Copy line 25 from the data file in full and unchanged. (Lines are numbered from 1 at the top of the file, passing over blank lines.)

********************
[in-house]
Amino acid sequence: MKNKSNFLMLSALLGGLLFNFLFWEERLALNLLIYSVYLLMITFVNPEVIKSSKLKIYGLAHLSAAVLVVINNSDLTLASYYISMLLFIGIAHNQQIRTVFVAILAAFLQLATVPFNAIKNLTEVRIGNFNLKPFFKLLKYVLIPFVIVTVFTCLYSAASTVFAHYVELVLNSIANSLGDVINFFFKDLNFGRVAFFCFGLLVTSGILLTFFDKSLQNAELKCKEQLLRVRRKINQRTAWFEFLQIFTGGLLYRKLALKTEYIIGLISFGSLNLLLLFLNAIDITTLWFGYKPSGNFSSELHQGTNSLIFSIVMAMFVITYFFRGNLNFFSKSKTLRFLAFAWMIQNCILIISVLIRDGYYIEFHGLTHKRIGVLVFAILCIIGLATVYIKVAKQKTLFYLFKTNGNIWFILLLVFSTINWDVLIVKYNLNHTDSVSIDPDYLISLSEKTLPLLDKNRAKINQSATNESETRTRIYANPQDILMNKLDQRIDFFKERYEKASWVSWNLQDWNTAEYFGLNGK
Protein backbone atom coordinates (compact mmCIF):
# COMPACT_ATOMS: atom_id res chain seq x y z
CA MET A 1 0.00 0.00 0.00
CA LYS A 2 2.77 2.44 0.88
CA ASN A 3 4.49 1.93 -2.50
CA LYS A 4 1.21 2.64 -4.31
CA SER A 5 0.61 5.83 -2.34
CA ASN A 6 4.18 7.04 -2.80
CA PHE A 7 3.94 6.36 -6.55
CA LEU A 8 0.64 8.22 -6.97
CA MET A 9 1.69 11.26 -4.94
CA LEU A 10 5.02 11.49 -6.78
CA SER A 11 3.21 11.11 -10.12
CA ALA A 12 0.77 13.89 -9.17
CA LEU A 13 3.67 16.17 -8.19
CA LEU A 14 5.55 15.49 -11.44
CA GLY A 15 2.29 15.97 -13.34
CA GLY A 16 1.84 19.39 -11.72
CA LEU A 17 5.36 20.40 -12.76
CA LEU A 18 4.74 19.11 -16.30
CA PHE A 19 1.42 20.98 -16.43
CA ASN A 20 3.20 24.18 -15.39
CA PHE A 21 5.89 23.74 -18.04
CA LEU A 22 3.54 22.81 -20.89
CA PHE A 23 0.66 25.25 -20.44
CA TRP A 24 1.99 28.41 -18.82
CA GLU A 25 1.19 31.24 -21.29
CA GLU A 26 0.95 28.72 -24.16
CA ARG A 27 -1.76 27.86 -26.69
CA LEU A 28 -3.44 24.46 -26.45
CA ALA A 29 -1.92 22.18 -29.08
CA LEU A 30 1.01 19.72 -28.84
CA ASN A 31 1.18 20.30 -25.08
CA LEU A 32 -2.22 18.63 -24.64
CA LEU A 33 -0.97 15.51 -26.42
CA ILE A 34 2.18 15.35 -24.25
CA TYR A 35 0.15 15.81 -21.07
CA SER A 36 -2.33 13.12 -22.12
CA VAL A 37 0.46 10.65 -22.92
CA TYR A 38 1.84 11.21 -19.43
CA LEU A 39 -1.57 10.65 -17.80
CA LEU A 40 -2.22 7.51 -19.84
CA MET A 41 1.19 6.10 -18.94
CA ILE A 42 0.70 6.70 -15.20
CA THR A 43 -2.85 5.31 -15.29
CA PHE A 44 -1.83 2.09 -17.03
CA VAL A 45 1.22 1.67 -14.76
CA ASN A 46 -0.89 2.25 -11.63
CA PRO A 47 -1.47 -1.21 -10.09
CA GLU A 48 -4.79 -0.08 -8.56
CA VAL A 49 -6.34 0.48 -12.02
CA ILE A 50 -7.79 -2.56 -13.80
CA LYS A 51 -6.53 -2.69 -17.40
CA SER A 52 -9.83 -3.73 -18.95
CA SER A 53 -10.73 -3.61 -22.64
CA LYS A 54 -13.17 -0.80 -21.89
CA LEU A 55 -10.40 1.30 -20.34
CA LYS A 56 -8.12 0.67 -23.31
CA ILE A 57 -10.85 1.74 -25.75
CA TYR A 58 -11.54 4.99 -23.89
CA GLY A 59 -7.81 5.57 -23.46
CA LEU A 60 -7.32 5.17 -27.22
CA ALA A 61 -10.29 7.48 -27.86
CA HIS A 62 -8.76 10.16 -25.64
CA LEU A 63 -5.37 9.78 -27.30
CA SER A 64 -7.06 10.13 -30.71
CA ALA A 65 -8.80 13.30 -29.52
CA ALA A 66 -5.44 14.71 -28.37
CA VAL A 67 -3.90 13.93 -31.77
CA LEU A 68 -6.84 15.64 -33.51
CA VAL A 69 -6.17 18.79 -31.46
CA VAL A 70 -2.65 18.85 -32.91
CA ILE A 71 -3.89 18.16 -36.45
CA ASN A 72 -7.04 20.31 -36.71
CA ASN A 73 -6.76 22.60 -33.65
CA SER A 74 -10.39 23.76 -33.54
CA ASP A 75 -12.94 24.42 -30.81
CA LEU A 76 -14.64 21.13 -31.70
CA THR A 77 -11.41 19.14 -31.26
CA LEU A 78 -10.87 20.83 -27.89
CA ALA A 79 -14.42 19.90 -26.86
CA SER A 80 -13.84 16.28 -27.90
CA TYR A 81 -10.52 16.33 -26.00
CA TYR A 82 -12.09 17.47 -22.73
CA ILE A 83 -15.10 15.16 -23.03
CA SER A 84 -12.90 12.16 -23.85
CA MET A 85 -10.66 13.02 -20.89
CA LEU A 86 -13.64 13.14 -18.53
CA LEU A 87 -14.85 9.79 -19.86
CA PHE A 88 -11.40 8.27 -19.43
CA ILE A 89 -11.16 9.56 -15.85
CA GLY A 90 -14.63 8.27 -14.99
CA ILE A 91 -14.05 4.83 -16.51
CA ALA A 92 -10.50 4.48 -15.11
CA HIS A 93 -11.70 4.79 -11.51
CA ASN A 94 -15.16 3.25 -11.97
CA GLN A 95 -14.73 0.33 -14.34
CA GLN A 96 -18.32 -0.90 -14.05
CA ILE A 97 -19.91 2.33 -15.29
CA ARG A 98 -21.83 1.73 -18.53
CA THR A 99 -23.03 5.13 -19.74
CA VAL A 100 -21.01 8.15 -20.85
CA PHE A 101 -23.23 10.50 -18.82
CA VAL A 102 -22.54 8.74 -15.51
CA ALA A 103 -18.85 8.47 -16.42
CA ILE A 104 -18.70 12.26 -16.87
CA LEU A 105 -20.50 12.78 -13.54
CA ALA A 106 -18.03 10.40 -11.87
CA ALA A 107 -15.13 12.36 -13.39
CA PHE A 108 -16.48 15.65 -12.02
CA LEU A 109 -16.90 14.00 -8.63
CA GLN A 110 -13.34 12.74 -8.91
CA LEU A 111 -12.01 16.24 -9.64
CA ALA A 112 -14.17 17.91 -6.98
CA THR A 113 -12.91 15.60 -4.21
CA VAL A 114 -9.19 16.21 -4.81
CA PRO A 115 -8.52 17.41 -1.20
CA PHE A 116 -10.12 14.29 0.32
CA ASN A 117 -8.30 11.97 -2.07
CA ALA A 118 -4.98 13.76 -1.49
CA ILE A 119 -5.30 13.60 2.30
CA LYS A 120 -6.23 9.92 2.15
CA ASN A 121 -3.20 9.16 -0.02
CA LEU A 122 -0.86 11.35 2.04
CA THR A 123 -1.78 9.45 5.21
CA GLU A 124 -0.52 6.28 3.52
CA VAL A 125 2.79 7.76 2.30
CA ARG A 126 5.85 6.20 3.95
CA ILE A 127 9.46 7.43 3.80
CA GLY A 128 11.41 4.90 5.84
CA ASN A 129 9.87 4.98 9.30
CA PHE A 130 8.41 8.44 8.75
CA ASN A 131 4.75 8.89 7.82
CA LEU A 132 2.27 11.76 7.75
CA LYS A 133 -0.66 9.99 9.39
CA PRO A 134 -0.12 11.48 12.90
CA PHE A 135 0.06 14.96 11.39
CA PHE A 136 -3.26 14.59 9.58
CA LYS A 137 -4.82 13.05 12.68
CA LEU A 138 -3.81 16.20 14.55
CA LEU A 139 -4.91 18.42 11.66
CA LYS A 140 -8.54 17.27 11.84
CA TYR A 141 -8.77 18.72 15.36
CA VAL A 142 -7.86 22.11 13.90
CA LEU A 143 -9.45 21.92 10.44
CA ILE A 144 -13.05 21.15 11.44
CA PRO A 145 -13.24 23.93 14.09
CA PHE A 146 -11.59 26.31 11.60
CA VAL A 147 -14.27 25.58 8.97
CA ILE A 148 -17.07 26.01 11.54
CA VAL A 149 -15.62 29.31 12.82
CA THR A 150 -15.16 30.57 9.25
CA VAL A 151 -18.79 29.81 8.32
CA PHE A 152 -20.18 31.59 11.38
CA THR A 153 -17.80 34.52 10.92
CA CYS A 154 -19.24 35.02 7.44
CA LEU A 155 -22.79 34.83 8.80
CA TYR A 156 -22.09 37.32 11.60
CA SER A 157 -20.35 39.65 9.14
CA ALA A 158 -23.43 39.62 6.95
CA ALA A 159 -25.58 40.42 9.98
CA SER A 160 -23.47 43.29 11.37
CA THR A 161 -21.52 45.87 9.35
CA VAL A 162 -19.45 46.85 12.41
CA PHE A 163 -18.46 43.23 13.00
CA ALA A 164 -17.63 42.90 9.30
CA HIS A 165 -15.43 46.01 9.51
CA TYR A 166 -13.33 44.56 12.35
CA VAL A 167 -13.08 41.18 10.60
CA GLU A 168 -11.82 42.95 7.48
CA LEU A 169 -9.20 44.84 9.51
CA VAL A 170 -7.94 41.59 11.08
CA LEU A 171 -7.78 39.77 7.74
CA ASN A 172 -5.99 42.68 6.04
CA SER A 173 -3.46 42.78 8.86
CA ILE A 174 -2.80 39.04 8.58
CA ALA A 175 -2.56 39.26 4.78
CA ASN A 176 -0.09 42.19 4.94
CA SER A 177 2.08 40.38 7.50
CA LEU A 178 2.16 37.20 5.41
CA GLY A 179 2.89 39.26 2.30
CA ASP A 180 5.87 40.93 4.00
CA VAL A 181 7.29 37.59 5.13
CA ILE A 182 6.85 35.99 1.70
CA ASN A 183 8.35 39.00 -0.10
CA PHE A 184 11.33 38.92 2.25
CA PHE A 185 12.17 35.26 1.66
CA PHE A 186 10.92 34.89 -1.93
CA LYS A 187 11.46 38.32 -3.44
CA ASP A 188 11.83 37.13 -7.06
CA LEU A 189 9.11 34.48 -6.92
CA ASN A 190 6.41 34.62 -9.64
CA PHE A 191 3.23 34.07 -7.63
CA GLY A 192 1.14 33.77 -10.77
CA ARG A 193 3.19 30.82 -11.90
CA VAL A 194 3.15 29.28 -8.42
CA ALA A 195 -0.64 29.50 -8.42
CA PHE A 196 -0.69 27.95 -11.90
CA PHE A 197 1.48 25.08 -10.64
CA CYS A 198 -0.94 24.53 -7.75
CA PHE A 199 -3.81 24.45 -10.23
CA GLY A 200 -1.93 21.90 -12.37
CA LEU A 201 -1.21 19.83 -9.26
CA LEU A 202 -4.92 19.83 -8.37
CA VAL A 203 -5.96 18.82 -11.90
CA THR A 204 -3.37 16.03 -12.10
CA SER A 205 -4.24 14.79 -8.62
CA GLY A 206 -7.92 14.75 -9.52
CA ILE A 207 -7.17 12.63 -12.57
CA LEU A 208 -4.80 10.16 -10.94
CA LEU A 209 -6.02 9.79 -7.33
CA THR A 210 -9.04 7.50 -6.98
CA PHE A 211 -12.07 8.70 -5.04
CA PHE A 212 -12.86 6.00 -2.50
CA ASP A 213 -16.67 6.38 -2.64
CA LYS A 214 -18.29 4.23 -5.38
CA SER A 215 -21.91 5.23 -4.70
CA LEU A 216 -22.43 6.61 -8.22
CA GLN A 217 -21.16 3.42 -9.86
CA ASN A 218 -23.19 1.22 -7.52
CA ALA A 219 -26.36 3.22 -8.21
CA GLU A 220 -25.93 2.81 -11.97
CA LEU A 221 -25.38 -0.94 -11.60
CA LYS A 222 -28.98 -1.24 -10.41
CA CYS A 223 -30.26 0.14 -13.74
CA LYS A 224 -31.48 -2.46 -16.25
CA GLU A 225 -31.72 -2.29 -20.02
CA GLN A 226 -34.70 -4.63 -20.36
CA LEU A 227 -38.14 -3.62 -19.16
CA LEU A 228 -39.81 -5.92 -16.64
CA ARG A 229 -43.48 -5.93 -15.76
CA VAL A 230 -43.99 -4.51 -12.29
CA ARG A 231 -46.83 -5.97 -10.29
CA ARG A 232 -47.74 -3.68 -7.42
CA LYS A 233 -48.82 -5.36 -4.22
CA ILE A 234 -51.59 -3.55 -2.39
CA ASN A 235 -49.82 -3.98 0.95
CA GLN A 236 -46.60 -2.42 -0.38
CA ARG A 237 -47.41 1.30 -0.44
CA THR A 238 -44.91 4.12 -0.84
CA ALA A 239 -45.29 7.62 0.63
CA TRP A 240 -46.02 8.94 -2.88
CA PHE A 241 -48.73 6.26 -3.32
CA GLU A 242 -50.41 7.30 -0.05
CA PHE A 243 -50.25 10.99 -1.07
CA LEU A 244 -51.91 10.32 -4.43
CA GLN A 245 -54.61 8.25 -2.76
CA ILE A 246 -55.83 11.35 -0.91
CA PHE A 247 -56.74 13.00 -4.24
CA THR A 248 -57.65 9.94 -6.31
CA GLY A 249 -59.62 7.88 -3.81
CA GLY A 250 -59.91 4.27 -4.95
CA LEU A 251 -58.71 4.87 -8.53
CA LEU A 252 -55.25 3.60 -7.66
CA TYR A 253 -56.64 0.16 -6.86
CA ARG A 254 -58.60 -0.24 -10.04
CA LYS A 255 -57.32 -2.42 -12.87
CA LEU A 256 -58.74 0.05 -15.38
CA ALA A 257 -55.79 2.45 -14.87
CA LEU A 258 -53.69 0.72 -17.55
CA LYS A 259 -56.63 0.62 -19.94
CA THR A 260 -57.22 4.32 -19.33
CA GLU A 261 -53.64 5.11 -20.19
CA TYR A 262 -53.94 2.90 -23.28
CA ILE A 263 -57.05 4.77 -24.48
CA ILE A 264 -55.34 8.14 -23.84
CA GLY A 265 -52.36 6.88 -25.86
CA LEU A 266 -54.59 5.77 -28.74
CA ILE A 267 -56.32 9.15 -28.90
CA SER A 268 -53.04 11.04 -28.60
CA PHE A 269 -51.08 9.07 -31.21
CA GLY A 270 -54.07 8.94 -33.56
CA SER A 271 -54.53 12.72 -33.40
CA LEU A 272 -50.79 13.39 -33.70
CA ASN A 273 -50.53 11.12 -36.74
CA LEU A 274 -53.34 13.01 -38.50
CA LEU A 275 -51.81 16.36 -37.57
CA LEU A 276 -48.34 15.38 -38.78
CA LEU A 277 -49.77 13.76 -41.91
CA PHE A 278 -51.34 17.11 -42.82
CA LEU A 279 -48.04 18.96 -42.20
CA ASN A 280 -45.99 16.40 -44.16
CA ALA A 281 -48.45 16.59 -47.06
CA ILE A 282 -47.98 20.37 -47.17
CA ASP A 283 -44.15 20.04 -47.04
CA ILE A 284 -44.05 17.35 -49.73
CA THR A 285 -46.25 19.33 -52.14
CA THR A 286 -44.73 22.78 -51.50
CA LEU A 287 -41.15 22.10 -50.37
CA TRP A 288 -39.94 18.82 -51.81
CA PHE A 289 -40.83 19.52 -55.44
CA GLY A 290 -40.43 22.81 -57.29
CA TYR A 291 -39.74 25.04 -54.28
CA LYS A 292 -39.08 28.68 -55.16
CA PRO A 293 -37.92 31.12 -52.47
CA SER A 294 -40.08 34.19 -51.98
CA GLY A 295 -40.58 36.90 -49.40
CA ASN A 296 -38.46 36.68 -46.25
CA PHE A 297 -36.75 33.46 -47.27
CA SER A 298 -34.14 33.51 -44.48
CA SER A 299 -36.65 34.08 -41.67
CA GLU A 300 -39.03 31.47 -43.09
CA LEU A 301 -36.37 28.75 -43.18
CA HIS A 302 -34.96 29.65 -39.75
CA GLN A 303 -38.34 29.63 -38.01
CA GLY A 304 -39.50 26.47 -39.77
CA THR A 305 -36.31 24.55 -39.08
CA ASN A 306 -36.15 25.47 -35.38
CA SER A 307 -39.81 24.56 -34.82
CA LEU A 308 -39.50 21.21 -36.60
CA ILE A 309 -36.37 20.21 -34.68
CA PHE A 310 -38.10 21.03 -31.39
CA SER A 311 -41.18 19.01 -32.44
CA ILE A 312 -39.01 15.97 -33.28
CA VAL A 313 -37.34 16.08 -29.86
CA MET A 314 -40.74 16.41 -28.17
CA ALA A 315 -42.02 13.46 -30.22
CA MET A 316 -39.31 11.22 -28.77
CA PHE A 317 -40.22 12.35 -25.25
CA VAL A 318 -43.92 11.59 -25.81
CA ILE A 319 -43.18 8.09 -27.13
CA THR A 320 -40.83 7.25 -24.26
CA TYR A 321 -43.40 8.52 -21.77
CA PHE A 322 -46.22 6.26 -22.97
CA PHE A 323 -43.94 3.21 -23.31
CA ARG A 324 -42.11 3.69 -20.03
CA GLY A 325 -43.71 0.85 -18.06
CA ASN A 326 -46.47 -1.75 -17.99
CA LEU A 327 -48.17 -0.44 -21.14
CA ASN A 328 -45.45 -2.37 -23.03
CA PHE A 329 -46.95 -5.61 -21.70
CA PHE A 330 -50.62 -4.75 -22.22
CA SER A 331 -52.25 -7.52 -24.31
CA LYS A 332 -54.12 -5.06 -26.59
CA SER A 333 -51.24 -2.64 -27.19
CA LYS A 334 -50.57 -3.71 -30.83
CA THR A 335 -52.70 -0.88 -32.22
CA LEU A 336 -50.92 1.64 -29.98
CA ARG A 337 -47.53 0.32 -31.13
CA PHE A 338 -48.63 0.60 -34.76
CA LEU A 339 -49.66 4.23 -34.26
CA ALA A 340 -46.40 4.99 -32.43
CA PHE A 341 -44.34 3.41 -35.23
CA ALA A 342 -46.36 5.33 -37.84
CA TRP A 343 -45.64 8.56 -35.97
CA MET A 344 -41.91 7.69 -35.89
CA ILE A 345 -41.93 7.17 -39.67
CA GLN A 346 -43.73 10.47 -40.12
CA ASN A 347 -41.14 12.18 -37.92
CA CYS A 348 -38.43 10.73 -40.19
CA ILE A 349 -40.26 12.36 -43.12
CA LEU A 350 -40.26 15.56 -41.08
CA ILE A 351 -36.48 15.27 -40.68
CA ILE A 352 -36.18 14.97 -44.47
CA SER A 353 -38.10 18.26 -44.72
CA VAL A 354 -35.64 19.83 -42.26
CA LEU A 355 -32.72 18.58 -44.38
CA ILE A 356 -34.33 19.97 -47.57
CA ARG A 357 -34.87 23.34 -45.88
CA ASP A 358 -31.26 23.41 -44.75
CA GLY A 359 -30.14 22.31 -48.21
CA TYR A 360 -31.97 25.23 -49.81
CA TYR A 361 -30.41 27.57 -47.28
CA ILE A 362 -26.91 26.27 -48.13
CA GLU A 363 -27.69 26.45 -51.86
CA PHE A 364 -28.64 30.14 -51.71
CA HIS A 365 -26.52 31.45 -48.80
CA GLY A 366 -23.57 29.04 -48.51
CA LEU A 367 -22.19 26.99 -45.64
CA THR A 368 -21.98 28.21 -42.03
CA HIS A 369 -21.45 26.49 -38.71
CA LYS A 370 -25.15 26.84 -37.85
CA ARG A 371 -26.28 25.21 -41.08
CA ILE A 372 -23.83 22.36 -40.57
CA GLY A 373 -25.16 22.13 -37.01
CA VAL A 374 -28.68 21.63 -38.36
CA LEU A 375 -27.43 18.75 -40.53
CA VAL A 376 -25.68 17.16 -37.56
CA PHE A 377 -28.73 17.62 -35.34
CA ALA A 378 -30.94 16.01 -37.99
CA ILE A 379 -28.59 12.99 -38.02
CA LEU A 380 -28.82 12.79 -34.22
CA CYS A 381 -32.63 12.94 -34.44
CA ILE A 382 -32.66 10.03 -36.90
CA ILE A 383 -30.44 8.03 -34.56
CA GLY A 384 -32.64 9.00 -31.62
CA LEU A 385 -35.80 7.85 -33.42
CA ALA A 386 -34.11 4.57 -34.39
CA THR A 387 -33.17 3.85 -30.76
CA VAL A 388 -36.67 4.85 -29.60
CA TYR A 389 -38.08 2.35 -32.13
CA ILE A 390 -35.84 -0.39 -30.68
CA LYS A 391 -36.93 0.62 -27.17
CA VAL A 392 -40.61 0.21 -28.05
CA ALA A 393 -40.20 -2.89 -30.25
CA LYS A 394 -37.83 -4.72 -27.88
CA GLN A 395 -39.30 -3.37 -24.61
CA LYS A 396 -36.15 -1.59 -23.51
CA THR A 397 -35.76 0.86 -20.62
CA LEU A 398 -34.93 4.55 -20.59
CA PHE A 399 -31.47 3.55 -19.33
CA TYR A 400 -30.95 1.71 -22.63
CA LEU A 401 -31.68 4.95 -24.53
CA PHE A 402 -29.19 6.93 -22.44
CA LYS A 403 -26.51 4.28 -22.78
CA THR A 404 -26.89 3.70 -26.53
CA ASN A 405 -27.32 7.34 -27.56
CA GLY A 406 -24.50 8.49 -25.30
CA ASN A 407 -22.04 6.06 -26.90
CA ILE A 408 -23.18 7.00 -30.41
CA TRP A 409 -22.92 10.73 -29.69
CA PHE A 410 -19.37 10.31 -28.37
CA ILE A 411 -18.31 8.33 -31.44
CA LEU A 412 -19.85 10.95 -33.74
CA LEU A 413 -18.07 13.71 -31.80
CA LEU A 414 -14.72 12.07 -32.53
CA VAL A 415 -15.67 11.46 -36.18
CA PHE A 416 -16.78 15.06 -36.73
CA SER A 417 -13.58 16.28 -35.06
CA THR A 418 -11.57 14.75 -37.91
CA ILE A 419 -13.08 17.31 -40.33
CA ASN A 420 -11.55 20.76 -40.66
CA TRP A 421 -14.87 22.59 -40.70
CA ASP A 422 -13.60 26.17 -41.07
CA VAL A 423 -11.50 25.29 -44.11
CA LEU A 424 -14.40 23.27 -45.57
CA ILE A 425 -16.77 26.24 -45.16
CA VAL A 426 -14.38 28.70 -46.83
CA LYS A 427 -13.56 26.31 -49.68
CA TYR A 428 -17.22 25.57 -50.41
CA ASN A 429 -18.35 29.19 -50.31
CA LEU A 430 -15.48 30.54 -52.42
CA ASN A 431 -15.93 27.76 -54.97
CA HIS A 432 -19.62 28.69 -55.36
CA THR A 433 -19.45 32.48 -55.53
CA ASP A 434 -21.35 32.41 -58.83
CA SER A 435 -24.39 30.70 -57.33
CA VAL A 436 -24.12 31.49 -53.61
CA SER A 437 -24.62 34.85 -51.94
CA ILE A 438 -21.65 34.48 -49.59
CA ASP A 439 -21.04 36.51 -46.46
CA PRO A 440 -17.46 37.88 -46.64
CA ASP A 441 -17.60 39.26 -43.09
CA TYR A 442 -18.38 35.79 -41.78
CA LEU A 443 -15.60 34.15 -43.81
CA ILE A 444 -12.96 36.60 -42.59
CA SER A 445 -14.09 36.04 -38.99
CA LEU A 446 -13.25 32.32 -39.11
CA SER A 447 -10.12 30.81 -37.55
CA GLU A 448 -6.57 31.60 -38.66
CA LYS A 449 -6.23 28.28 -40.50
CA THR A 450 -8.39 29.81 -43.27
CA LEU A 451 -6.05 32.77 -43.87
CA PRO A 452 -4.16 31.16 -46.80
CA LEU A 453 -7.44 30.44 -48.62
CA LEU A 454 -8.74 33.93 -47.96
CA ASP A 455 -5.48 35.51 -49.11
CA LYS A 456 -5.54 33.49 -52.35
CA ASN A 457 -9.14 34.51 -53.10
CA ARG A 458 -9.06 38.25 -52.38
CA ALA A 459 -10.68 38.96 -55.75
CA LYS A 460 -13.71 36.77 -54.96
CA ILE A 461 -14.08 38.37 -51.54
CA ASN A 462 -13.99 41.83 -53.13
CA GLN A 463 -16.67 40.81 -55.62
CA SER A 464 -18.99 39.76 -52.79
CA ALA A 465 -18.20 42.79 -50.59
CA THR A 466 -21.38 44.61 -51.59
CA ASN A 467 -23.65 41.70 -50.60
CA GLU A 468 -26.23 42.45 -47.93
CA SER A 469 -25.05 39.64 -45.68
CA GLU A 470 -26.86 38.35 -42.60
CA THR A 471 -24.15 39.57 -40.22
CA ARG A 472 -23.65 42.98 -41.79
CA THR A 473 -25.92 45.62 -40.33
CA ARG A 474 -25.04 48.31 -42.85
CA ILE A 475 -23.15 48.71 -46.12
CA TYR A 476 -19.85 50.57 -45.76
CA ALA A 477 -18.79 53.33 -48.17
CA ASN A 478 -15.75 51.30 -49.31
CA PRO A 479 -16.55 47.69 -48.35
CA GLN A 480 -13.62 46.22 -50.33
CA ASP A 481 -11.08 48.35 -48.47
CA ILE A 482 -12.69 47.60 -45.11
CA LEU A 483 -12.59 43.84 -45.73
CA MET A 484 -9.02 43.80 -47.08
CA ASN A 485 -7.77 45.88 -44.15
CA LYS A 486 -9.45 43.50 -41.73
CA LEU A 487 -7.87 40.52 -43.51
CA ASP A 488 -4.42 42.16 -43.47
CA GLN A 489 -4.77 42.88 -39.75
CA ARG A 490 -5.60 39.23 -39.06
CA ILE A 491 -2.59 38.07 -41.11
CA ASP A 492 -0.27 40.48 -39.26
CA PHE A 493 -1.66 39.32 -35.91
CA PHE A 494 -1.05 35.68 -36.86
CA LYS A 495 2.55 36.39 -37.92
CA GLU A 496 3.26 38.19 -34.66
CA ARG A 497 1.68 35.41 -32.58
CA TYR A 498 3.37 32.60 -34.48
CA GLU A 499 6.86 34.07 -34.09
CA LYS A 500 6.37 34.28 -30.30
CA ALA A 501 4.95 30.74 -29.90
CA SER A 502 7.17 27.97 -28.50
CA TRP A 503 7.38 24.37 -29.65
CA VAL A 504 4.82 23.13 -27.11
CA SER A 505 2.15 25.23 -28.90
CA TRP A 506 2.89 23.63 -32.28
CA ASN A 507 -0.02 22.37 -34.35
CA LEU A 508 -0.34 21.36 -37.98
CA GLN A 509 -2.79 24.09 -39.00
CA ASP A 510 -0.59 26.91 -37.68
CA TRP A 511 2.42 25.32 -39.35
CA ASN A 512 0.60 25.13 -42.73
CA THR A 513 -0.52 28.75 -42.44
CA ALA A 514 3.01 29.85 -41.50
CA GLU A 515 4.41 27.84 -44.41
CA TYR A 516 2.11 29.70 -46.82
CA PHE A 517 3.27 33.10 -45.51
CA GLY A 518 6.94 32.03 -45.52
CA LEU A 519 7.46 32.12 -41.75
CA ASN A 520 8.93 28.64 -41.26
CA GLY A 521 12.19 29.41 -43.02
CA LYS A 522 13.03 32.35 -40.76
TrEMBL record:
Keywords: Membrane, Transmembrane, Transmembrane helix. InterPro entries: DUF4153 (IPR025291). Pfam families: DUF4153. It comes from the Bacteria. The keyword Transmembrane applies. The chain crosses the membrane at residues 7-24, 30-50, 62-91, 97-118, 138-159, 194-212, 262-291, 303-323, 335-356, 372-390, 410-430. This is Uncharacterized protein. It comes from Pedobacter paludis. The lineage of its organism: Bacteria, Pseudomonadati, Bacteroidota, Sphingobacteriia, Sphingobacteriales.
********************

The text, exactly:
CA PHE A 21 5.89 23.74 -18.04